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  Memories of Tickhill Schooldays in 1920s


Tickhill and District Local History Society was very fortunate that Ronald (Ron) Hill, then aged 92, offered to meet a group of the Societyís members in the autumn of 2007 to record his memories of Tickhill, especially his schooldays. The timing of the interview was all the more poignant because Ronís health deteriorated soon after and he sadly died on 25 January 2008. This Paper is published in his memory with the Societyís appreciation both for the effort he made in recording his memories and also for the subsequent help given by his family in preparing the transcript of his interview and this paper for publication.


Ron, pictured right, attended the Infantsí School in Tithes Lane from 1920 before transferring to the Mixed or Senior School in Back Lane, now called St Maryís Road. Both these schools were departments of Tickhill Church of England School, also known as the National School. Ron remained at the Senior School until, aged eleven, he won a County Minor scholarship to Doncaster Grammar School. In many ways Ronís school life in Tickhill was different from that in the present, from the style of the school buildings with their high windows blocking pupilsí views of the world beyond, to the types of lessons studied and even playground games.                                                                      

 Photo courtesy © Mrs Betty Hill

Ronís memories of schooldays not only reveal contrasts with today, but also a continuing reality: the hugely beneficial impact of good teachers on youngsters. Ronís tributes to individual teachers and indeed his whole experience at school in Tickhill show how much he was inspired and his subsequent interests awakened. For example, two teachers in Tickhill fostered his abiding enthusiasm for the classical world, which later saw him succeed in classics at secondary school and become a classics scholar at Oxford University. Ron won several scholarships including a Senior Scholarship tenable at Merton College.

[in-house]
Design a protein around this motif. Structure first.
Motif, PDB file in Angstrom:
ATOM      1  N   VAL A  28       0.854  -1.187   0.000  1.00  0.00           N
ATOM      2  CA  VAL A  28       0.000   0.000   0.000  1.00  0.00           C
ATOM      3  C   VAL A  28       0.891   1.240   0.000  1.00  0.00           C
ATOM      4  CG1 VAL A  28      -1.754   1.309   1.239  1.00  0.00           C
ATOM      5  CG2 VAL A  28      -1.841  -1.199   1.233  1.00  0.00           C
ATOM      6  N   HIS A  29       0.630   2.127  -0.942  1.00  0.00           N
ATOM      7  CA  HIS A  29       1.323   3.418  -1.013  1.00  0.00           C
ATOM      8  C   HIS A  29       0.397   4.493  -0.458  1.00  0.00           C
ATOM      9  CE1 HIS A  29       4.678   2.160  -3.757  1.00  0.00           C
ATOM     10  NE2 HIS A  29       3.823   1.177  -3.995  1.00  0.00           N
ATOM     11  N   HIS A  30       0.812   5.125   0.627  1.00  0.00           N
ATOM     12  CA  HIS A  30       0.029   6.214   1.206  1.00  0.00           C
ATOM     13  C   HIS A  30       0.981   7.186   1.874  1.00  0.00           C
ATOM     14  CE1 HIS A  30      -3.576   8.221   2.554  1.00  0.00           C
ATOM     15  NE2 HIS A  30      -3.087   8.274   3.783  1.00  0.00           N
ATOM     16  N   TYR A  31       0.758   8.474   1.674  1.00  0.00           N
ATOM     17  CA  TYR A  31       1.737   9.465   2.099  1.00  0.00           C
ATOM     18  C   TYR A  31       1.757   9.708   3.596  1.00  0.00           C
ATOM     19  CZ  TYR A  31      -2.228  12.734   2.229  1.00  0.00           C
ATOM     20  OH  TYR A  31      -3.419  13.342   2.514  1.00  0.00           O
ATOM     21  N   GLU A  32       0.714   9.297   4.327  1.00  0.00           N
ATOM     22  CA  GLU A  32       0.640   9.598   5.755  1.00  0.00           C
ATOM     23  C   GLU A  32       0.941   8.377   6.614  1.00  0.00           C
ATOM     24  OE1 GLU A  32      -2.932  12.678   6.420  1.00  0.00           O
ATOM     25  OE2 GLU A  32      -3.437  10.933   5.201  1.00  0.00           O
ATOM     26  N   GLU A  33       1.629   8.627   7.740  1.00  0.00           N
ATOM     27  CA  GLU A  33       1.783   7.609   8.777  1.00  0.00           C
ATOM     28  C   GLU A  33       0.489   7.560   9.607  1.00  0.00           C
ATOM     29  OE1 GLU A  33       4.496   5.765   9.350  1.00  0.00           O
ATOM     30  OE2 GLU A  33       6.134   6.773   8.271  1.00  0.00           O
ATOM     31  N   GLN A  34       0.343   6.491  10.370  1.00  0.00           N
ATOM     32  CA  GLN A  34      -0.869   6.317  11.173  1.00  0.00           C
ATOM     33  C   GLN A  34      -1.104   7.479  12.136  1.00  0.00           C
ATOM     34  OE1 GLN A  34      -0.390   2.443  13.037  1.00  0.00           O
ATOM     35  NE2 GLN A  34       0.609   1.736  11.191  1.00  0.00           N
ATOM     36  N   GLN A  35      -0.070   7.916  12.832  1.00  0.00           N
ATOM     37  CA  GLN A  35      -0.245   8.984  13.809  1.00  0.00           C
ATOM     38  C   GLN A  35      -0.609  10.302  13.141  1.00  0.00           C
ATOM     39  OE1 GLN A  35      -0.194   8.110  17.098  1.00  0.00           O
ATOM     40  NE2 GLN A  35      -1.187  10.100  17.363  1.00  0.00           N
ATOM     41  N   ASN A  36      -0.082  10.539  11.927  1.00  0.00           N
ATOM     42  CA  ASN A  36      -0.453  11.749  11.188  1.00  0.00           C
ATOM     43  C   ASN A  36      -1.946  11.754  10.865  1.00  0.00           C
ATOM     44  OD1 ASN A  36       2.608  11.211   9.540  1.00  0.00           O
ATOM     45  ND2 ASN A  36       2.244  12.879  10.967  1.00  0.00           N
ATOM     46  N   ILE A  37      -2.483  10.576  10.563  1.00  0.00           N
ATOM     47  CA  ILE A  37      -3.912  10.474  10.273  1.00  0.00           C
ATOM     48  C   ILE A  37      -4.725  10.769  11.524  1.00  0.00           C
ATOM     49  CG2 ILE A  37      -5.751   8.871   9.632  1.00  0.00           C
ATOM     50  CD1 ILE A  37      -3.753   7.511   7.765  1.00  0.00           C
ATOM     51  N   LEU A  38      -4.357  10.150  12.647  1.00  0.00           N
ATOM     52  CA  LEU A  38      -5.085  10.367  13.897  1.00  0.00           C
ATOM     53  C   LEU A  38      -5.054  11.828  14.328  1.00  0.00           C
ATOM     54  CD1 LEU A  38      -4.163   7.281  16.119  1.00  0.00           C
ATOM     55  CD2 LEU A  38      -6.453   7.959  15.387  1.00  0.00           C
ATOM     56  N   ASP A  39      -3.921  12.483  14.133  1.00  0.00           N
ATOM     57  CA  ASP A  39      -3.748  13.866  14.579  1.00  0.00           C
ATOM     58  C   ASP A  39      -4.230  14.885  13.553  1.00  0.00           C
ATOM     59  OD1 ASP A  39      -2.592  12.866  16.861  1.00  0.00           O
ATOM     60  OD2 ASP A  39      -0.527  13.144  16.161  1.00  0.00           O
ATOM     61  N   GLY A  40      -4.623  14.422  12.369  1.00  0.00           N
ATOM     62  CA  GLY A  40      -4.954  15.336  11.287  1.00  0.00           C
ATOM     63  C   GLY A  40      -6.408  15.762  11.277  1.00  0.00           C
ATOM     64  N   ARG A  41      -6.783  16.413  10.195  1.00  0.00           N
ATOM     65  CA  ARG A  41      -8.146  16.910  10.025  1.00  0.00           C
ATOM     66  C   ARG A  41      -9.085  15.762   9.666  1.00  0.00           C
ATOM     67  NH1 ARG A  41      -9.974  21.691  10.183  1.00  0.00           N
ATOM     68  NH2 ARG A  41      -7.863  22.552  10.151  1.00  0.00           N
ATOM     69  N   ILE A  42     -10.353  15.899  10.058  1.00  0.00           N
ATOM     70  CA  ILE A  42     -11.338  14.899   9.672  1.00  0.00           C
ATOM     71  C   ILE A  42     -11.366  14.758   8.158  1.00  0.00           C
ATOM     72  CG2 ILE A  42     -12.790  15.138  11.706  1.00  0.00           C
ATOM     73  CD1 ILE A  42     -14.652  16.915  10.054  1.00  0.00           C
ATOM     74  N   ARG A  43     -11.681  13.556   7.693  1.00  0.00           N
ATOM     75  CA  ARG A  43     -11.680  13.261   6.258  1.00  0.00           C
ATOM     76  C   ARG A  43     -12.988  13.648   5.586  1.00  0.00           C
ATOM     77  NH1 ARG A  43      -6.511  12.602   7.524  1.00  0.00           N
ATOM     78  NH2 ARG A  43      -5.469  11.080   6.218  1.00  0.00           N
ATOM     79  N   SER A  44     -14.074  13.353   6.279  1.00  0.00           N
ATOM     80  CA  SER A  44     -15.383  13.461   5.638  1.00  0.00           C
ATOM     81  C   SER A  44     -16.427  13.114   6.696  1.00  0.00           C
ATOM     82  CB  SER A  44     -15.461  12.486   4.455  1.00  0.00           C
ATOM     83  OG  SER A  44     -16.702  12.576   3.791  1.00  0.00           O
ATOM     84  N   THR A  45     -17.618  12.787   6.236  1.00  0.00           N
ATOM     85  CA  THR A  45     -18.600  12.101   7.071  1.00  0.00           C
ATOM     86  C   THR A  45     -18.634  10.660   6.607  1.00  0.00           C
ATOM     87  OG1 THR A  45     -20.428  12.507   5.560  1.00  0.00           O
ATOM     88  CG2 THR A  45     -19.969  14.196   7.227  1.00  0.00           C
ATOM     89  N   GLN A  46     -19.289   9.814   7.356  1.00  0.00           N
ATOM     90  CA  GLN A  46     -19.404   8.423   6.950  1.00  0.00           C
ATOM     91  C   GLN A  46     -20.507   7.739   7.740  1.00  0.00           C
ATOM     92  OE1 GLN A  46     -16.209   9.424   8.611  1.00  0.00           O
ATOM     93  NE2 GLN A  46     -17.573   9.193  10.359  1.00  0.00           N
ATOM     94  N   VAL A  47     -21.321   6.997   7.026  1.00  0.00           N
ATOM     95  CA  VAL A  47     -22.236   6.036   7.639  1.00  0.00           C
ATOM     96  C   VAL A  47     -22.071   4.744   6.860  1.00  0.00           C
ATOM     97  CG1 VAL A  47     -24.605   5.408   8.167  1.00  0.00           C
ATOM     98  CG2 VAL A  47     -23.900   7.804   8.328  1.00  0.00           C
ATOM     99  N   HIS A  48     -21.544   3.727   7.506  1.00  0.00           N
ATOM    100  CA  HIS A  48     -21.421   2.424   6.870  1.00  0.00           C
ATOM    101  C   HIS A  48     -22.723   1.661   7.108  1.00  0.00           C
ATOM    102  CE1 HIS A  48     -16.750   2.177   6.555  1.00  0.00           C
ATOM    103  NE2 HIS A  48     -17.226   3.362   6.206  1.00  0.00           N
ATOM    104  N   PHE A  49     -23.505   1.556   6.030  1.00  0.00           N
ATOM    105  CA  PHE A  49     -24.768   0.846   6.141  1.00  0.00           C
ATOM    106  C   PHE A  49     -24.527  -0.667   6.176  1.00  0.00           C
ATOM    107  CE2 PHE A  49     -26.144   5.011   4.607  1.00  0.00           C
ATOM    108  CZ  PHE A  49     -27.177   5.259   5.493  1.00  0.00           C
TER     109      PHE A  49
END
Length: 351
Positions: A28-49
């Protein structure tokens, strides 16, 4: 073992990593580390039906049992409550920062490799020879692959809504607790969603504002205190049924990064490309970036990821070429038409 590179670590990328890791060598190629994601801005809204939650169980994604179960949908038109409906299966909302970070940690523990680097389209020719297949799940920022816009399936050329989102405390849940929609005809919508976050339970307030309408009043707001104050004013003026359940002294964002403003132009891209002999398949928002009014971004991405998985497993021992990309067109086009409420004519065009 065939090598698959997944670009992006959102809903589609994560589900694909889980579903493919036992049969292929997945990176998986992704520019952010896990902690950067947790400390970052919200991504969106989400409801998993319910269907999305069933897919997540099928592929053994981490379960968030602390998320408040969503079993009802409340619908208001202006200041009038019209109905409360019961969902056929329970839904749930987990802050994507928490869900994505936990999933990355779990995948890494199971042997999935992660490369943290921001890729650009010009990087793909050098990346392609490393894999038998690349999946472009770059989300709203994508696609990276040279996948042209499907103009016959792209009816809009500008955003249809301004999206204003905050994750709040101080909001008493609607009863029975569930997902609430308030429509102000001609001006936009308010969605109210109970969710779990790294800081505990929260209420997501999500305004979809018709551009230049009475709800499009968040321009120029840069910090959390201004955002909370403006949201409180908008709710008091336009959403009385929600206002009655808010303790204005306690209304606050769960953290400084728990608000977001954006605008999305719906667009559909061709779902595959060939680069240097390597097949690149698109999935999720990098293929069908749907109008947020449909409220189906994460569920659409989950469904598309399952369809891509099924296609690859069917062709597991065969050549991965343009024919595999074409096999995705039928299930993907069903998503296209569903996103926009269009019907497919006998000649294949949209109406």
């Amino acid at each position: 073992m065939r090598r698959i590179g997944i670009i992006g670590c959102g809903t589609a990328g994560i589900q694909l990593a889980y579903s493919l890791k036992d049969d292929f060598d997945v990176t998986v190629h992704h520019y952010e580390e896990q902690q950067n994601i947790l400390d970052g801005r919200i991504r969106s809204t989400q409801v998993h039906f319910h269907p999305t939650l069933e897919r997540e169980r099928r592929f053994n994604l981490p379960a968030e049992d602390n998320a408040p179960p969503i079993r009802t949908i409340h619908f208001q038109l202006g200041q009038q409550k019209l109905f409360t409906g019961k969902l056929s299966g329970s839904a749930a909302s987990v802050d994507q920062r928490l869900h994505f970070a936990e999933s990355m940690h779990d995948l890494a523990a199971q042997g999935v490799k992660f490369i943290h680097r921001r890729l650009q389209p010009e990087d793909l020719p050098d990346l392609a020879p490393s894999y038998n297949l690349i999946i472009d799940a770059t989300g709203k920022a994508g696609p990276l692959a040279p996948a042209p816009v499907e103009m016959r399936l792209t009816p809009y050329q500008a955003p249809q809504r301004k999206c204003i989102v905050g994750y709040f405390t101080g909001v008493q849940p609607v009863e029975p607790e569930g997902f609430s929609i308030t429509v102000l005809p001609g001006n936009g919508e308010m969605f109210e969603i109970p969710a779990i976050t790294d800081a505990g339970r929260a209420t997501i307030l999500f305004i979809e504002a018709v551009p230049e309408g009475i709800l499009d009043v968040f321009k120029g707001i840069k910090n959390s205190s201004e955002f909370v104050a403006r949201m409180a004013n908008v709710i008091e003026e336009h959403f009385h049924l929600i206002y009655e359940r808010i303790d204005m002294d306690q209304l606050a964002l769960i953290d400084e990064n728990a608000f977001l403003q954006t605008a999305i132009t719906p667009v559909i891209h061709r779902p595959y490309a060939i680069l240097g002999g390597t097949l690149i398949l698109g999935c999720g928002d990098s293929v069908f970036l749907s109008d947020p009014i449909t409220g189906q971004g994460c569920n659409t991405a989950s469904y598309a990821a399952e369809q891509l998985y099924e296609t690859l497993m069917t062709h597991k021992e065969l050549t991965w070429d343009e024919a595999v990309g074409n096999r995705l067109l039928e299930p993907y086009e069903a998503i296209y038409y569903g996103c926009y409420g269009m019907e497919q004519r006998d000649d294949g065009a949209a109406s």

Living memories, sometimes called oral history, provide an important personal perspective on the past. Ronís account gives us a whole range of insights into schooldays and life in general in Tickhill. Learning poems, sections of plays and Biblical texts by heart was common-place in Ronís childhood, so that it was not seen as in any way remarkable for labouring people to be able to quote them from memory. Although people were aware of differences in the status of local inhabitants, Ďnobody was better than anybody elseí according to Ron. At school, most pupils thought twice about stepping out of line, the threat of their parents being told of any misdemeanour usually being sufficient deterrent. The cane was used very occasionally, although Ron never suffered this punishment. Ron was an avid reader and recalled which books from school stayed in his memory. He remembered playground diversions, special events, and, like so many pupils, he remembered the walk home from school with his friends with particular pleasure.